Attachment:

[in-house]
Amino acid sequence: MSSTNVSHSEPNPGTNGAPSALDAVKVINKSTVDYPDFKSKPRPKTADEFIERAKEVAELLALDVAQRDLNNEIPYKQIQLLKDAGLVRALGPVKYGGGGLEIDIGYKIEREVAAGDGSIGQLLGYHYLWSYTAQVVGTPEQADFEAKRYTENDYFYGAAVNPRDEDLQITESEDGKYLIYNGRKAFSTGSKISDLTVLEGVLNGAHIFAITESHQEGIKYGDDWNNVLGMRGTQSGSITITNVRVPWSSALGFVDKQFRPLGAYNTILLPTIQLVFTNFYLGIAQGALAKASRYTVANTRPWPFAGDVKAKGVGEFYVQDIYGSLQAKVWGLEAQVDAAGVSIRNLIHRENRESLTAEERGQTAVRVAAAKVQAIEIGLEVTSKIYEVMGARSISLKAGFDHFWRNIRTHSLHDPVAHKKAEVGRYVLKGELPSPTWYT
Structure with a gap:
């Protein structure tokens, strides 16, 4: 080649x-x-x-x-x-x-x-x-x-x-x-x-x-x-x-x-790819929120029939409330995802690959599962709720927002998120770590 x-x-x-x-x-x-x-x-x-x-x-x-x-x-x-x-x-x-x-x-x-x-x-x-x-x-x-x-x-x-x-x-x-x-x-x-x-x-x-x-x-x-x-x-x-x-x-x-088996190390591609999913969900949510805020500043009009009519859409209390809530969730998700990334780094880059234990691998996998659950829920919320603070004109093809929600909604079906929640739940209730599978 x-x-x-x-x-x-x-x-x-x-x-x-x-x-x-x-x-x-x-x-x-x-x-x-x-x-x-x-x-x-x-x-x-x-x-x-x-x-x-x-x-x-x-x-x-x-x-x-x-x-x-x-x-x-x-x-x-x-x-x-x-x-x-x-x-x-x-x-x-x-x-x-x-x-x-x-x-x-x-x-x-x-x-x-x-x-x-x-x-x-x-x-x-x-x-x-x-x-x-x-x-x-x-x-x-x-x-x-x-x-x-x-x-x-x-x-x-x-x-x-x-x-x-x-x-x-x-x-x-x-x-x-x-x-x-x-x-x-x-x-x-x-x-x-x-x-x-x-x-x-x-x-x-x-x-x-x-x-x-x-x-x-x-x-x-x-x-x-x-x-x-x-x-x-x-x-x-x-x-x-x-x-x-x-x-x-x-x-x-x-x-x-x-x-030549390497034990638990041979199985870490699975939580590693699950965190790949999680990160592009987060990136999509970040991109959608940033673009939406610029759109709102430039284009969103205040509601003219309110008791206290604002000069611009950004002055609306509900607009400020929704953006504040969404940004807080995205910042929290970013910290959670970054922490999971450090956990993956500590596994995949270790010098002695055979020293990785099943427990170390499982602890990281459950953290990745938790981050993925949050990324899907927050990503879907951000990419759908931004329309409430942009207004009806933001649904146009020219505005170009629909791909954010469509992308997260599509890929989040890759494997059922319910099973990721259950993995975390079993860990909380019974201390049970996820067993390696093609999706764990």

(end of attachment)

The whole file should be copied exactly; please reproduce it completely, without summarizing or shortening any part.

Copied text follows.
[in-house]
Amino acid sequence: MSSTNVSHSEPNPGTNGAPSALDAVKVINKSTVDYPDFKSKPRPKTADEFIERAKEVAELLALDVAQRDLNNEIPYKQIQLLKDAGLVRALGPVKYGGGGLEIDIGYKIEREVAAGDGSIGQLLGYHYLWSYTAQVVGTPEQADFEAKRYTENDYFYGAAVNPRDEDLQITESEDGKYLIYNGRKAFSTGSKISDLTVLEGVLNGAHIFAITESHQEGIKYGDDWNNVLGMRGTQSGSITITNVRVPWSSALGFVDKQFRPLGAYNTILLPTIQLVFTNFYLGIAQGALAKASRYTVANTRPWPFAGDVKAKGVGEFYVQDIYGSLQAKVWGLEAQVDAAGVSIRNLIHRENRESLTAEERGQTAVRVAAAKVQAIEIGLEVTSKIYEVMGARSISLKAGFDHFWRNIRTHSLHDPVAHKKAEVGRYVLKGELPSPTWYT
Structure with a gap:
């Protein structure tokens, strides 16, 4: 080649x-x-x-x-x-x-x-x-x-x-x-x-x-x-x-x-790819929120029939409330995802690959599962709720927002998120770590 x-x-x-x-x-x-x-x-x-x-x-x-x-x-x-x-x-x-x-x-x-x-x-x-x-x-x-x-x-x-x-x-x-x-x-x-x-x-x-x-x-x-x-x-x-x-x-x-088996190390591609999913969900949510805020500043009009009519859409209390809530969730998700990334780094880059234990691998996998659950829920919320603070004109093809929600909604079906929640739940209730599978 x-x-x-x-x-x-x-x-x-x-x-x-x-x-x-x-x-x-x-x-x-x-x-x-x-x-x-x-x-x-x-x-x-x-x-x-x-x-x-x-x-x-x-x-x-x-x-x-x-x-x-x-x-x-x-x-x-x-x-x-x-x-x-x-x-x-x-x-x-x-x-x-x-x-x-x-x-x-x-x-x-x-x-x-x-x-x-x-x-x-x-x-x-x-x-x-x-x-x-x-x-x-x-x-x-x-x-x-x-x-x-x-x-x-x-x-x-x-x-x-x-x-x-x-x-x-x-x-x-x-x-x-x-x-x-x-x-x-x-x-x-x-x-x-x-x-x-x-x-x-x-x-x-x-x-x-x-x-x-x-x-x-x-x-x-x-x-x-x-x-x-x-x-x-x-x-x-x-x-x-x-x-x-x-x-x-x-x-x-x-x-x-x-x-030549390497034990638990041979199985870490699975939580590693699950965190790949999680990160592009987060990136999509970040991109959608940033673009939406610029759109709102430039284009969103205040509601003219309110008791206290604002000069611009950004002055609306509900607009400020929704953006504040969404940004807080995205910042929290970013910290959670970054922490999971450090956990993956500590596994995949270790010098002695055979020293990785099943427990170390499982602890990281459950953290990745938790981050993925949050990324899907927050990503879907951000990419759908931004329309409430942009207004009806933001649904146009020219505005170009629909791909954010469509992308997260599509890929989040890759494997059922319910099973990721259950993995975390079993860990909380019974201390049970996820067993390696093609999706764990």